Carrier-Level Packaging and Reliability of a MEMS-Based Safety and Arming Device

Abstract

Packaging of MEMS devices introduces new challenges to the package architecture. MEMS systems include interfaces, processes, and materials foreign to the IC packaging industry. To build reliable MEMS systems, failure modes must be identified and understood. In addition, measurement techniques must be developed to interrogate critical aspects of the package.

The present work addresses the architecture of the carrier-level packaging for a MEMS-based Safety and Arming device (S&A). The impact of moisture on packaged MEMS systems and test structures are investigated through an environmental conditioning program that includes thermal cycling and accelerated aging. MEMS switches are packaged in hermetic, non-hermetic, and ventilated configurations to facilitate in-situ monitoring of device health. A MEMS humidity sensor is included in these packages to allow interrogation of package environment characteristics.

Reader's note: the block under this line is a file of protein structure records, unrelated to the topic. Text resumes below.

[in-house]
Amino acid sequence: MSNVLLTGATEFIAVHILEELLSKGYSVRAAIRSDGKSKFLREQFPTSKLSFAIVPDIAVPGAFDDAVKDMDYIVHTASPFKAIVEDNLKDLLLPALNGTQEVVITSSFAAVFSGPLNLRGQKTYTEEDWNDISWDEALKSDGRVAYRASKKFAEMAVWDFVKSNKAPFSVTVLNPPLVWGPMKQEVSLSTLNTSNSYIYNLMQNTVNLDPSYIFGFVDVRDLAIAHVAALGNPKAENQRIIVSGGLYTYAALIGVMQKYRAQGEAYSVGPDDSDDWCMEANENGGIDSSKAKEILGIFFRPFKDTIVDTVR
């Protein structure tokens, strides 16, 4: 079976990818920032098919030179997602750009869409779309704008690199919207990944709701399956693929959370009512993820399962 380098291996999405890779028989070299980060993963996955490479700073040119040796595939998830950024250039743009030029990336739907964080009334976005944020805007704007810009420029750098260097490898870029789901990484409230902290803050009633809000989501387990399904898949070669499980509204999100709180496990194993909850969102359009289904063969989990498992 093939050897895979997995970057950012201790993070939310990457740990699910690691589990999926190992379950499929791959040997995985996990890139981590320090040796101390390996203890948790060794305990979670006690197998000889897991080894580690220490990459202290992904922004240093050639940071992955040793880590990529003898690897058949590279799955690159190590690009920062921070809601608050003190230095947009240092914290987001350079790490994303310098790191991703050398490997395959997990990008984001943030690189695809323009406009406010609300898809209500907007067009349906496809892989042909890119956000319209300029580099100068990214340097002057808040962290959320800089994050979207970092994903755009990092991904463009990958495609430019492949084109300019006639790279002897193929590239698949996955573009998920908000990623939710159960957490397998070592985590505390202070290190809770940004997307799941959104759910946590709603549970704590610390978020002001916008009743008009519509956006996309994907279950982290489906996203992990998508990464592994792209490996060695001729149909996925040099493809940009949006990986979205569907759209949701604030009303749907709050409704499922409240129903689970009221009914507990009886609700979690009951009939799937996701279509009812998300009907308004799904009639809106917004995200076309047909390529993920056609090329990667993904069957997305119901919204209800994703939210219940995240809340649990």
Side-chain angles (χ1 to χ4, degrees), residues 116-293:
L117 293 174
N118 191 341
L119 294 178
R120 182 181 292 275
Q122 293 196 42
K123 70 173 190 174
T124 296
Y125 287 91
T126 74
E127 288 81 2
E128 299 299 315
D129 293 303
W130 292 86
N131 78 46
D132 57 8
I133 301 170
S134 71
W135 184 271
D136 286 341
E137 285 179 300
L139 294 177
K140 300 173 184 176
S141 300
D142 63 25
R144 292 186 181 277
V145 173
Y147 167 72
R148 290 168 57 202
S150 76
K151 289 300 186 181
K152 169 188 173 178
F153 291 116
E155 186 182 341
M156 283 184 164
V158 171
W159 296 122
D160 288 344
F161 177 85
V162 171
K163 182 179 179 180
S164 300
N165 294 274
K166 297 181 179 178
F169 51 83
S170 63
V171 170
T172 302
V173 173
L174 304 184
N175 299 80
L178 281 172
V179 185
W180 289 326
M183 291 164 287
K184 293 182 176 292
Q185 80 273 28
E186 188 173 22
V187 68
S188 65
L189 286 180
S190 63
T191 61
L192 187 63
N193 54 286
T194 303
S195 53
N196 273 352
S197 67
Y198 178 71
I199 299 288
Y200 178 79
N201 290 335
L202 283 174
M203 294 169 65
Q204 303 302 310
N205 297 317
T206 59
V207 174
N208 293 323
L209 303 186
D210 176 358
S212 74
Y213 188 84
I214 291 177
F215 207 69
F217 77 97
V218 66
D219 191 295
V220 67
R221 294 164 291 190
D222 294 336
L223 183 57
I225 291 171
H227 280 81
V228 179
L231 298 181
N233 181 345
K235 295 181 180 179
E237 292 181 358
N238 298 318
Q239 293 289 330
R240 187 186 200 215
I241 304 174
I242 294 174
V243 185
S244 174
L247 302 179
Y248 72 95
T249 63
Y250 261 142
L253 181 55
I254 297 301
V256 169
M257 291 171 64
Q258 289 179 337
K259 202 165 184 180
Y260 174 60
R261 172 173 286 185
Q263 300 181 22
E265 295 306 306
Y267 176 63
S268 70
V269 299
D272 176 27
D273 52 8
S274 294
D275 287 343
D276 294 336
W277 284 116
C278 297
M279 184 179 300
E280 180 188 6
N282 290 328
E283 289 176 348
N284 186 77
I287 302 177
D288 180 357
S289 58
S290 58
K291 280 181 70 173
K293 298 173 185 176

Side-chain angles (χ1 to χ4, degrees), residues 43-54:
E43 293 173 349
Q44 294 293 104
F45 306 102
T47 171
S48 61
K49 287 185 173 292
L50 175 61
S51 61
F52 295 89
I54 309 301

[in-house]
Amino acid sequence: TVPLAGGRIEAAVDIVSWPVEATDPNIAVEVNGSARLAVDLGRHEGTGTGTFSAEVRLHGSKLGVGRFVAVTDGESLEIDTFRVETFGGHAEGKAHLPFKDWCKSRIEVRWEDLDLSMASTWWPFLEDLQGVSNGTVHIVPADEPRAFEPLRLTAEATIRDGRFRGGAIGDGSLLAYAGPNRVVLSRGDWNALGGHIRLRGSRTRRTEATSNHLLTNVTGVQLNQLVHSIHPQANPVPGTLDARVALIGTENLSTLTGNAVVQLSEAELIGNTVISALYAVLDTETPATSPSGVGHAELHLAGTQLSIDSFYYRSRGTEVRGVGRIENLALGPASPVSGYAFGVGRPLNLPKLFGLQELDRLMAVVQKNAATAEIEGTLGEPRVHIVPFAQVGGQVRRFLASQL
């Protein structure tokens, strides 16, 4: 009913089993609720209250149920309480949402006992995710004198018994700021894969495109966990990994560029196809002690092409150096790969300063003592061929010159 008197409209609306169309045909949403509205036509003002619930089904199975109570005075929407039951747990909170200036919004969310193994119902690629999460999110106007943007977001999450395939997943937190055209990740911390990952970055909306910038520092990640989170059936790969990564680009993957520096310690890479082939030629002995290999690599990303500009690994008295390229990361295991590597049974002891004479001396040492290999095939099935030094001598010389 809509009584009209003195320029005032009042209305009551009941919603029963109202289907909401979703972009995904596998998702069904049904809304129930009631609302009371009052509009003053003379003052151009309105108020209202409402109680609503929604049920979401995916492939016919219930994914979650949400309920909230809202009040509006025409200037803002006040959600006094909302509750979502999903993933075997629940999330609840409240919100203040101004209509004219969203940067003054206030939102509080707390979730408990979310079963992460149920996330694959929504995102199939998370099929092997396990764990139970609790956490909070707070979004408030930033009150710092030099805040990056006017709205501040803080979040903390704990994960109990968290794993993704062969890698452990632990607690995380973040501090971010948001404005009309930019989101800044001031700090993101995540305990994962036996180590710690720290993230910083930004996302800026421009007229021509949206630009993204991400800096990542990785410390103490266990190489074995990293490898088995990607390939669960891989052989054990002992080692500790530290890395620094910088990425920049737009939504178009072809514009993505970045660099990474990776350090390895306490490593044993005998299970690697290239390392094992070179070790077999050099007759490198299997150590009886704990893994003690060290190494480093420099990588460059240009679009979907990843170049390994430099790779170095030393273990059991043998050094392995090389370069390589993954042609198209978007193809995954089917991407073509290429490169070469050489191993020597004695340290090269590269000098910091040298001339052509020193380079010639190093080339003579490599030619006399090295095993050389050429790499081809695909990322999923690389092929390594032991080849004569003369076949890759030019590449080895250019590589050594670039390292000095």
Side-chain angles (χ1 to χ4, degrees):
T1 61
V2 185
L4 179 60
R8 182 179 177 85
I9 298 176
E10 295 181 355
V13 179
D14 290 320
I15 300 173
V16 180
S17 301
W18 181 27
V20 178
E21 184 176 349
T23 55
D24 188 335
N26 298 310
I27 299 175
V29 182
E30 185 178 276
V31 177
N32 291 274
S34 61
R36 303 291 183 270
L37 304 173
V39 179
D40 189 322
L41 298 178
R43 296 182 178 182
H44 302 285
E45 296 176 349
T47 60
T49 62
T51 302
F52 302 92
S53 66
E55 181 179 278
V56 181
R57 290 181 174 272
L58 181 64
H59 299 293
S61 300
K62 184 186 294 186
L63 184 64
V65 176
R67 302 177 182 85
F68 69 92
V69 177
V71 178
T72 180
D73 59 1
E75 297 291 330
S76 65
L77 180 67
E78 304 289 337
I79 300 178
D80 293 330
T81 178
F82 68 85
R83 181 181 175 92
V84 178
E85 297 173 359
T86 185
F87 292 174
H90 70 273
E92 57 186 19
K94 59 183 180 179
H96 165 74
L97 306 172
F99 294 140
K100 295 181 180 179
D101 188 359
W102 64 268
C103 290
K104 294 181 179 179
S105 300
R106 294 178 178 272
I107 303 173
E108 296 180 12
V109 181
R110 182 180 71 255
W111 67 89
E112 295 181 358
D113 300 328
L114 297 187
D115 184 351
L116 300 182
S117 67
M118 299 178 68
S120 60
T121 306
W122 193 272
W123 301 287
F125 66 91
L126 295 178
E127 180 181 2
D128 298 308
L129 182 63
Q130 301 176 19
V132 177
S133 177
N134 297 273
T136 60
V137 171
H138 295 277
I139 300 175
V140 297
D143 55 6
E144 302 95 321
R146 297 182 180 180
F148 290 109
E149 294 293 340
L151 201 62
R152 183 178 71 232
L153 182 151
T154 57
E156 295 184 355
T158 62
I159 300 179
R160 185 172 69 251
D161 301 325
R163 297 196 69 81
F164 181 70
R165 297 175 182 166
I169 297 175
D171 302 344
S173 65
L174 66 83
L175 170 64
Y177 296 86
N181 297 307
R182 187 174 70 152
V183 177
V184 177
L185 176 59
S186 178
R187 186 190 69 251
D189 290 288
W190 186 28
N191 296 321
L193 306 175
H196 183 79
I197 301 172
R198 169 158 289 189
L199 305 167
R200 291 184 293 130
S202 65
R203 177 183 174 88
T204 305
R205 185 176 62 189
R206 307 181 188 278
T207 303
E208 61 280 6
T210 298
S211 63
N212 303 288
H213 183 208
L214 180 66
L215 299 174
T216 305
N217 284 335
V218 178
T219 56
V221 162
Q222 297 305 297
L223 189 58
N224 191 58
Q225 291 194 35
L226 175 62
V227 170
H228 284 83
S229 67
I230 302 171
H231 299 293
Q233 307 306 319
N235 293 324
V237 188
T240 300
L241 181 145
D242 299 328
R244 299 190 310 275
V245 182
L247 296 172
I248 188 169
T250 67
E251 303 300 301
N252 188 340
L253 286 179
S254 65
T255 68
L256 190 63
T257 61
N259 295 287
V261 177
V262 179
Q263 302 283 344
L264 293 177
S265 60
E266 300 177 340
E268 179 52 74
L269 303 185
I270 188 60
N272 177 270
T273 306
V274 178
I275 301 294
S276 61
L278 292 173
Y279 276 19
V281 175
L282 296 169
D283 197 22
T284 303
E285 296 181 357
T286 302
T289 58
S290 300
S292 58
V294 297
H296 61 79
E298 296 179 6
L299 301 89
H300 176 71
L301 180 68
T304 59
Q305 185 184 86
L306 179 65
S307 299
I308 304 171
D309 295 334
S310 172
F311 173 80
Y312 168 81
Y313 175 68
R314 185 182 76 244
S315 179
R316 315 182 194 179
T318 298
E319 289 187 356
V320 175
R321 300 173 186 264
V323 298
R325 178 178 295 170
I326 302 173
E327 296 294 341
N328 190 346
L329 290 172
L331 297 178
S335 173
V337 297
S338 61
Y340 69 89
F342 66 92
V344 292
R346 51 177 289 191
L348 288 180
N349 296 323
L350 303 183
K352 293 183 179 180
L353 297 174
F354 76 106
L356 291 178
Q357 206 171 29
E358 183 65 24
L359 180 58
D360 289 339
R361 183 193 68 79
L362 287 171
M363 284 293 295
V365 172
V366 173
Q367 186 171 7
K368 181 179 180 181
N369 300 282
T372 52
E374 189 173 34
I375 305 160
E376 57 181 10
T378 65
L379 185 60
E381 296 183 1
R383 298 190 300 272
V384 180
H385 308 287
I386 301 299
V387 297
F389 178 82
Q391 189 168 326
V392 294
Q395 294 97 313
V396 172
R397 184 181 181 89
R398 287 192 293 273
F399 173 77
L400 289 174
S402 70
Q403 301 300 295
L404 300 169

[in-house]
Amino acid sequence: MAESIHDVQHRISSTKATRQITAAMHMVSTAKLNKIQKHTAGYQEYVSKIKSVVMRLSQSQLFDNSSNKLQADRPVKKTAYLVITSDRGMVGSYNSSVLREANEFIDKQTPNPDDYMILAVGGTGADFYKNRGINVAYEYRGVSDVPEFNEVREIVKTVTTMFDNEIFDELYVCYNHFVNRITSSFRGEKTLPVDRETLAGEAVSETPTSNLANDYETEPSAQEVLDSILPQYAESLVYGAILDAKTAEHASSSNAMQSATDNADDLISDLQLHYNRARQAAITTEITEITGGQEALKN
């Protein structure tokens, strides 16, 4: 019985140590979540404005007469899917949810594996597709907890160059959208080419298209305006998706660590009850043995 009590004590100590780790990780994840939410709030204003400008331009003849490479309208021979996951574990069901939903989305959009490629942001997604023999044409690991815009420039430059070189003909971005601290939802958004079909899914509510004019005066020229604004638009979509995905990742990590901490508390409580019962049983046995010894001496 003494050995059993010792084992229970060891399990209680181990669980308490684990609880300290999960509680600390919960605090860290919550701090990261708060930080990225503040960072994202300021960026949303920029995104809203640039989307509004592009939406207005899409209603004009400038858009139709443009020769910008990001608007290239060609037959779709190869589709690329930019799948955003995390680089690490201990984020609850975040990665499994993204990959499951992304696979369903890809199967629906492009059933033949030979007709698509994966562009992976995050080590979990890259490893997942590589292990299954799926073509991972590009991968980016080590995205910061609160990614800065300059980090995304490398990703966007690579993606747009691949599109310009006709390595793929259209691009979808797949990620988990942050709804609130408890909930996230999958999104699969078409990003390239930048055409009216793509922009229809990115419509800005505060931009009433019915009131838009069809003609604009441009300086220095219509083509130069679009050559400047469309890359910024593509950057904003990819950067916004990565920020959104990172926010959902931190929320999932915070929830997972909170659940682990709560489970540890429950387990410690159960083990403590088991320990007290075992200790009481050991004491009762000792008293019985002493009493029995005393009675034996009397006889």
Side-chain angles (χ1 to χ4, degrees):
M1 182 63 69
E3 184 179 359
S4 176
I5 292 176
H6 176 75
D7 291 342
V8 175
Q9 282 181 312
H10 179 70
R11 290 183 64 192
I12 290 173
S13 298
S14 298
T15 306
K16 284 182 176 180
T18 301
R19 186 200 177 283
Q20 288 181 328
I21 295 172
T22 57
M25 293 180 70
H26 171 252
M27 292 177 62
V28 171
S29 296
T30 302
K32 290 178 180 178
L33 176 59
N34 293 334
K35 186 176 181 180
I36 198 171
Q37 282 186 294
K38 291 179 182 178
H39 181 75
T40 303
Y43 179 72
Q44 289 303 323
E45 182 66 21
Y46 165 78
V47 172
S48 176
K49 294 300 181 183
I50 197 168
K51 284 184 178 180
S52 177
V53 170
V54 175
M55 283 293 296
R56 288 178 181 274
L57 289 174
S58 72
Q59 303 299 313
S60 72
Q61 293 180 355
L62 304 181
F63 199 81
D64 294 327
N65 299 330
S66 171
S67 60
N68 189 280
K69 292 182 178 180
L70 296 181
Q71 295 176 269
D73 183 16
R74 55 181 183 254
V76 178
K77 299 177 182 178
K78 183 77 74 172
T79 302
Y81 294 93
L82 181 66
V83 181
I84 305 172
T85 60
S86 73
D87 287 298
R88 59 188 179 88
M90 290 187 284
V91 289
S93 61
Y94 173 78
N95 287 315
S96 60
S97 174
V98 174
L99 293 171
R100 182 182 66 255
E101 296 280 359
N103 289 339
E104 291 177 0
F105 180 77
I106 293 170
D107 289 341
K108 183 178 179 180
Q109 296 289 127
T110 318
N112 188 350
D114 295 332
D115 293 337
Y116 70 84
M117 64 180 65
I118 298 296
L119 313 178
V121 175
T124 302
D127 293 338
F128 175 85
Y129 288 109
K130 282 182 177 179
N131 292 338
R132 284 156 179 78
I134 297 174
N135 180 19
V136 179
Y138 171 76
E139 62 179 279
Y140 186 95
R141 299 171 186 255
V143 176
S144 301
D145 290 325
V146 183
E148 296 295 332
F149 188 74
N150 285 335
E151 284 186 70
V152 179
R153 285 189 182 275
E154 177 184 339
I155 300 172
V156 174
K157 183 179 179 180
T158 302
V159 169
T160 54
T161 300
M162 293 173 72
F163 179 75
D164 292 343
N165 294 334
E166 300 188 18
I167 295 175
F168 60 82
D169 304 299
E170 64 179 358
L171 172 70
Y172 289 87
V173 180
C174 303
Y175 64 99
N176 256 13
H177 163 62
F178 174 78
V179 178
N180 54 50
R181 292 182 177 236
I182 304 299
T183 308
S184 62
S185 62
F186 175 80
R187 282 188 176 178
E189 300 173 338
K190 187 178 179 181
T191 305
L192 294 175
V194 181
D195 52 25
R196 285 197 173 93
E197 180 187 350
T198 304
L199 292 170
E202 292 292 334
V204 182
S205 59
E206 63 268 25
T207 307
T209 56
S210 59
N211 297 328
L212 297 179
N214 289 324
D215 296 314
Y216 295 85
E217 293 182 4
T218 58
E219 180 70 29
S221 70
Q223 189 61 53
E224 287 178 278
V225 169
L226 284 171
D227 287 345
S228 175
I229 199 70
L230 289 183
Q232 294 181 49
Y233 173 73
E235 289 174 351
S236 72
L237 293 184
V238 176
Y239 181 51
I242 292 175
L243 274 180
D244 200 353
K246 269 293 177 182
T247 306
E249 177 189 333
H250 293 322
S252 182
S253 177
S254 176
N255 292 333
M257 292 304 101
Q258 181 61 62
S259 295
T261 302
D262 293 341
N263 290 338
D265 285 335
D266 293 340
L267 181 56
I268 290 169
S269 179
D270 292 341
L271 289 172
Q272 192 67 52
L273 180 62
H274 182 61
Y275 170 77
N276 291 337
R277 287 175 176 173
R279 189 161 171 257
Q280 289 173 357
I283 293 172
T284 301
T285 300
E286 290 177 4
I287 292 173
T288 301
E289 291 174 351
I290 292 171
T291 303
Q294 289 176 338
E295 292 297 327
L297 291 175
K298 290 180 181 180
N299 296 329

Mechanical MEMS test structures are put through the same environmental conditions as the MEMS switches. These structures provide additional data on the failure modes of the packaged switches. Push test structures provide cumulative data on friction, stiction, and material properties and dog bone structures isolate material property influences.

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Correspondence to Michael Deeds.

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Deeds, M., Cochran, K., Swaminathan, R. et al. Carrier-Level Packaging and Reliability of a MEMS-Based Safety and Arming Device. MRS Online Proceedings Library 682, 44 (2001). https://doi.org/10.1557/PROC-682-N4.4

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  • MEMS
  • packaging
  • reliability
  • LIGA
  • DRIE
  • surface micromachining
  • bulk micromachining
  • environmental testing
  • hermetic
  • S&A